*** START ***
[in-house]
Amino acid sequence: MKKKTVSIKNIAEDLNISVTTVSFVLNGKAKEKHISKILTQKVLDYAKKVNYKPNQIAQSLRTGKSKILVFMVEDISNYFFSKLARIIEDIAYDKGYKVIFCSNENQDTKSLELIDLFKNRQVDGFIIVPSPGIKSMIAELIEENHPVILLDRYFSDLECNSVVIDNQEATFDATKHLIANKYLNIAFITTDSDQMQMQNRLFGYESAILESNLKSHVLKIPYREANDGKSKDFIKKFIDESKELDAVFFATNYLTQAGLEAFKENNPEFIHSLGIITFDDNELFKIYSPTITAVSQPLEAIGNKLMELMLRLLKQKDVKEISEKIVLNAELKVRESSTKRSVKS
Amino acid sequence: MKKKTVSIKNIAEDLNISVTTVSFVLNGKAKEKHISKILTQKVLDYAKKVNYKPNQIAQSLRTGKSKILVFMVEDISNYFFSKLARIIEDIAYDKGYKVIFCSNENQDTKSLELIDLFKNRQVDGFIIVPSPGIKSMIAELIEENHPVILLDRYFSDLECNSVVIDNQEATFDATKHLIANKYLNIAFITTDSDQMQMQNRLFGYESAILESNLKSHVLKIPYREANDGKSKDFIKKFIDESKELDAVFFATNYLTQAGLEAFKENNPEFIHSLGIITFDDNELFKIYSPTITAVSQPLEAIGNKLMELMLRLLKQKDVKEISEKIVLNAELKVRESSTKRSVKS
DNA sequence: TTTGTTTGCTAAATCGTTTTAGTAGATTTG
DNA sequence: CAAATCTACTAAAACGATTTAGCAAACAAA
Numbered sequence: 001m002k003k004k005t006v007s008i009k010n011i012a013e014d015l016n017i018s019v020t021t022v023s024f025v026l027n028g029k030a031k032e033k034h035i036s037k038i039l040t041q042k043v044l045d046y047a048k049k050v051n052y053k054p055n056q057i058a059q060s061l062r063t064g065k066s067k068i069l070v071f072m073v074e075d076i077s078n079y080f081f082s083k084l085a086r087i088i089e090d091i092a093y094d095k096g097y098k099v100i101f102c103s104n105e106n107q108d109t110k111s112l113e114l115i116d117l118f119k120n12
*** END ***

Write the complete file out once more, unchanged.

[in-house]
Amino acid sequence: MKKKTVSIKNIAEDLNISVTTVSFVLNGKAKEKHISKILTQKVLDYAKKVNYKPNQIAQSLRTGKSKILVFMVEDISNYFFSKLARIIEDIAYDKGYKVIFCSNENQDTKSLELIDLFKNRQVDGFIIVPSPGIKSMIAELIEENHPVILLDRYFSDLECNSVVIDNQEATFDATKHLIANKYLNIAFITTDSDQMQMQNRLFGYESAILESNLKSHVLKIPYREANDGKSKDFIKKFIDESKELDAVFFATNYLTQAGLEAFKENNPEFIHSLGIITFDDNELFKIYSPTITAVSQPLEAIGNKLMELMLRLLKQKDVKEISEKIVLNAELKVRESSTKRSVKS
Amino acid sequence: MKKKTVSIKNIAEDLNISVTTVSFVLNGKAKEKHISKILTQKVLDYAKKVNYKPNQIAQSLRTGKSKILVFMVEDISNYFFSKLARIIEDIAYDKGYKVIFCSNENQDTKSLELIDLFKNRQVDGFIIVPSPGIKSMIAELIEENHPVILLDRYFSDLECNSVVIDNQEATFDATKHLIANKYLNIAFITTDSDQMQMQNRLFGYESAILESNLKSHVLKIPYREANDGKSKDFIKKFIDESKELDAVFFATNYLTQAGLEAFKENNPEFIHSLGIITFDDNELFKIYSPTITAVSQPLEAIGNKLMELMLRLLKQKDVKEISEKIVLNAELKVRESSTKRSVKS
DNA sequence: TTTGTTTGCTAAATCGTTTTAGTAGATTTG
DNA sequence: CAAATCTACTAAAACGATTTAGCAAACAAA
Numbered sequence: 001m002k003k004k005t006v007s008i009k010n011i012a013e014d015l016n017i018s019v020t021t022v023s024f025v026l027n028g029k030a031k032e033k034h035i036s037k038i039l040t041q042k043v044l045d046y047a048k049k050v051n052y053k054p055n056q057i058a059q060s061l062r063t064g065k066s067k068i069l070v071f072m073v074e075d076i077s078n079y080f081f082s083k084l085a086r087i088i089e090d091i092a093y094d095k096g097y098k099v100i101f102c103s104n105e106n107q108d109t110k111s112l113e114l115i116d117l118f119k120n12